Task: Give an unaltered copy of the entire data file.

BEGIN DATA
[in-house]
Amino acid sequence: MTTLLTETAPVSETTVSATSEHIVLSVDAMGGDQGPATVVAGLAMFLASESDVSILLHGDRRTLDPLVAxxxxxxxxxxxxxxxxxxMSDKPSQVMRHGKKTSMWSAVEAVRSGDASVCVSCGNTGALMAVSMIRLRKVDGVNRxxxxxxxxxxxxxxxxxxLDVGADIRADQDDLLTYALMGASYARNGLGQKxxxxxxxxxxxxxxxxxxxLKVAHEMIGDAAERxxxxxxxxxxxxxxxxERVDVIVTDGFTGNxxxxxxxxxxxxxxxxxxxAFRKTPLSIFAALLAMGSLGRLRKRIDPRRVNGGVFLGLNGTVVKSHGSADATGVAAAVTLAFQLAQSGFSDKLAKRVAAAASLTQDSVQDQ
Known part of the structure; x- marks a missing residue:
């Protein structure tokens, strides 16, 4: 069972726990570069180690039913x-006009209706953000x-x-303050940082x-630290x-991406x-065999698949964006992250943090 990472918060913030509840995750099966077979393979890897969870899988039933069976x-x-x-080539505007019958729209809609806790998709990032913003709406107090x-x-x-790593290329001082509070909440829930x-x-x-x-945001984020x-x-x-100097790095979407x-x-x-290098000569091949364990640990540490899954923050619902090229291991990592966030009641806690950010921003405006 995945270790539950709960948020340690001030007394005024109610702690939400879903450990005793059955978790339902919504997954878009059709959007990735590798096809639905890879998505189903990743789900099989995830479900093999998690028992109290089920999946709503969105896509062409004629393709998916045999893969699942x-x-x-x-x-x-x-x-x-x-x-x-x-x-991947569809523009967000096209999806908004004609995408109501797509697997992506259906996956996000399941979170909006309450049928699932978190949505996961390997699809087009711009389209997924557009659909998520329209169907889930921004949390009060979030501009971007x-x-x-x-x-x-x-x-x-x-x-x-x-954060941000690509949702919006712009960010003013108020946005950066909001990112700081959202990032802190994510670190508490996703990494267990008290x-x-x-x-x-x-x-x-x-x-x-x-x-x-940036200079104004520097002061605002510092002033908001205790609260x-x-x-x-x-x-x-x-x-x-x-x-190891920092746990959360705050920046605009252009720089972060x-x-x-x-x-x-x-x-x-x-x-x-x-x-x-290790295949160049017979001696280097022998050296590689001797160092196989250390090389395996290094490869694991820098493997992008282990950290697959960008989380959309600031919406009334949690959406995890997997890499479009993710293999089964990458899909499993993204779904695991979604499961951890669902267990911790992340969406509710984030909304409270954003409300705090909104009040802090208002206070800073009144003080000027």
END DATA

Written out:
[in-house]
Amino acid sequence: MTTLLTETAPVSETTVSATSEHIVLSVDAMGGDQGPATVVAGLAMFLASESDVSILLHGDRRTLDPLVAxxxxxxxxxxxxxxxxxxMSDKPSQVMRHGKKTSMWSAVEAVRSGDASVCVSCGNTGALMAVSMIRLRKVDGVNRxxxxxxxxxxxxxxxxxxLDVGADIRADQDDLLTYALMGASYARNGLGQKxxxxxxxxxxxxxxxxxxxLKVAHEMIGDAAERxxxxxxxxxxxxxxxxERVDVIVTDGFTGNxxxxxxxxxxxxxxxxxxxAFRKTPLSIFAALLAMGSLGRLRKRIDPRRVNGGVFLGLNGTVVKSHGSADATGVAAAVTLAFQLAQSGFSDKLAKRVAAAASLTQDSVQDQ
Known part of the structure; x- marks a missing residue:
């Protein structure tokens, strides 16, 4: 069972726990570069180690039913x-006009209706953000x-x-303050940082x-630290x-991406x-065999698949964006992250943090 990472918060913030509840995750099966077979393979890897969870899988039933069976x-x-x-080539505007019958729209809609806790998709990032913003709406107090x-x-x-790593290329001082509070909440829930x-x-x-x-945001984020x-x-x-100097790095979407x-x-x-290098000569091949364990640990540490899954923050619902090229291991990592966030009641806690950010921003405006 995945270790539950709960948020340690001030007394005024109610702690939400879903450990005793059955978790339902919504997954878009059709959007990735590798096809639905890879998505189903990743789900099989995830479900093999998690028992109290089920999946709503969105896509062409004629393709998916045999893969699942x-x-x-x-x-x-x-x-x-x-x-x-x-x-991947569809523009967000096209999806908004004609995408109501797509697997992506259906996956996000399941979170909006309450049928699932978190949505996961390997699809087009711009389209997924557009659909998520329209169907889930921004949390009060979030501009971007x-x-x-x-x-x-x-x-x-x-x-x-x-954060941000690509949702919006712009960010003013108020946005950066909001990112700081959202990032802190994510670190508490996703990494267990008290x-x-x-x-x-x-x-x-x-x-x-x-x-x-940036200079104004520097002061605002510092002033908001205790609260x-x-x-x-x-x-x-x-x-x-x-x-190891920092746990959360705050920046605009252009720089972060x-x-x-x-x-x-x-x-x-x-x-x-x-x-x-290790295949160049017979001696280097022998050296590689001797160092196989250390090389395996290094490869694991820098493997992008282990950290697959960008989380959309600031919406009334949690959406995890997997890499479009993710293999089964990458899909499993993204779904695991979604499961951890669902267990911790992340969406509710984030909304409270954003409300705090909104009040802090208002206070800073009144003080000027």